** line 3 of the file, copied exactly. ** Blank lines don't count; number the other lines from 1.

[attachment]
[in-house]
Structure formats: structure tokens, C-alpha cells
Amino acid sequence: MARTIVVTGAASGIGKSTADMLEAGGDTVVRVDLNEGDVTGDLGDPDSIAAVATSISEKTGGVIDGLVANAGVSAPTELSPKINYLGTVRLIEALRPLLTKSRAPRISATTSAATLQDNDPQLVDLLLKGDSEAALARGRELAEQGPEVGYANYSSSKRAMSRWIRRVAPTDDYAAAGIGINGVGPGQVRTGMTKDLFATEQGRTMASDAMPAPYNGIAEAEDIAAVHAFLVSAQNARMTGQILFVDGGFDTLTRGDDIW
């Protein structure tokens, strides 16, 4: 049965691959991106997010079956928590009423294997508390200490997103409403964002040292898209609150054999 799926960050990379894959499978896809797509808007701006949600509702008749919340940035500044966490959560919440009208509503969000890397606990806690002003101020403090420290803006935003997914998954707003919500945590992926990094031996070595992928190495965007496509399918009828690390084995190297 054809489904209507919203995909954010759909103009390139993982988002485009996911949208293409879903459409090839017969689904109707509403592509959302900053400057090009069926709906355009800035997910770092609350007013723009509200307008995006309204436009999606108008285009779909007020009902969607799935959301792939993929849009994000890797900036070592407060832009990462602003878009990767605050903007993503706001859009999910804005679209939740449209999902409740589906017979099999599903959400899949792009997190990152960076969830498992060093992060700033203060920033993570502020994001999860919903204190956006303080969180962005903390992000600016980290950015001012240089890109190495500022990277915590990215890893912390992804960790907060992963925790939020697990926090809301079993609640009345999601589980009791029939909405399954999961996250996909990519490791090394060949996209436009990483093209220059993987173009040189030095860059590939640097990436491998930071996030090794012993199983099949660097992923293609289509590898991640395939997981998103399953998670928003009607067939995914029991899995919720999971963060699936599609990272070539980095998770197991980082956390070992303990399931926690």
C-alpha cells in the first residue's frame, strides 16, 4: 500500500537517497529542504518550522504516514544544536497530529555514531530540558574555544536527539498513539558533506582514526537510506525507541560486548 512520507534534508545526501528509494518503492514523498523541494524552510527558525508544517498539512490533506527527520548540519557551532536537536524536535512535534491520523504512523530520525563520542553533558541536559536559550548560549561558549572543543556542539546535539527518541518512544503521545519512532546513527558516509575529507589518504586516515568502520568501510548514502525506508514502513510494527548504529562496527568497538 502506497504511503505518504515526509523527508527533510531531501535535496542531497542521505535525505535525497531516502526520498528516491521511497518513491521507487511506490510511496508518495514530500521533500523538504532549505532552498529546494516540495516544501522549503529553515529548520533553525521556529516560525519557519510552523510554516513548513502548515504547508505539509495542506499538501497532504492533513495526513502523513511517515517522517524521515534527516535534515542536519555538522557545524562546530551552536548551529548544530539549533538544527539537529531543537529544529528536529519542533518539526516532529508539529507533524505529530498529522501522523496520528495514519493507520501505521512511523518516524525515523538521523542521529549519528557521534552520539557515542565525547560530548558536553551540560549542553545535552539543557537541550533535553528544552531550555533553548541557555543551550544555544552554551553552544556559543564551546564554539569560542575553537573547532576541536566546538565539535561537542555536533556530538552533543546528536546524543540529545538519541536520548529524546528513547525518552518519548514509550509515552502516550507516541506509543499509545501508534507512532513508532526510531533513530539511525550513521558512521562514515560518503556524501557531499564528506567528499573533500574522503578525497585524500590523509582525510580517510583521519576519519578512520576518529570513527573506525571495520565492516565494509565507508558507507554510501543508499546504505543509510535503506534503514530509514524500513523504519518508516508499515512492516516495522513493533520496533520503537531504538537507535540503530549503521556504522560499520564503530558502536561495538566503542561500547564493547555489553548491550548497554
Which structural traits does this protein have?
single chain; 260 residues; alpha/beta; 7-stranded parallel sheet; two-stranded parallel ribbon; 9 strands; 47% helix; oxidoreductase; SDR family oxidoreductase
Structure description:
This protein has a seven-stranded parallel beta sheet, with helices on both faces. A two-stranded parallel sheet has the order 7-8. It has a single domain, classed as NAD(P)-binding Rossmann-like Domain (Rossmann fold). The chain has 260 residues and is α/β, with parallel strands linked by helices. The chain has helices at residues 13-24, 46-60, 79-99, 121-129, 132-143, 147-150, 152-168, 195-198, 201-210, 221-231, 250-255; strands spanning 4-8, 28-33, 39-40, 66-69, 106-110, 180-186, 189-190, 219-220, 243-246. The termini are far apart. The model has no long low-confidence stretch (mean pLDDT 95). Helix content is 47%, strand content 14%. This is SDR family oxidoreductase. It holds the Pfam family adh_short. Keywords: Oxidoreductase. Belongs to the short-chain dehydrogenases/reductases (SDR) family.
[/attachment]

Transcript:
Amino acid sequence: MARTIVVTGAASGIGKSTADMLEAGGDTVVRVDLNEGDVTGDLGDPDSIAAVATSISEKTGGVIDGLVANAGVSAPTELSPKINYLGTVRLIEALRPLLTKSRAPRISATTSAATLQDNDPQLVDLLLKGDSEAALARGRELAEQGPEVGYANYSSSKRAMSRWIRRVAPTDDYAAAGIGINGVGPGQVRTGMTKDLFATEQGRTMASDAMPAPYNGIAEAEDIAAVHAFLVSAQNARMTGQILFVDGGFDTLTRGDDIW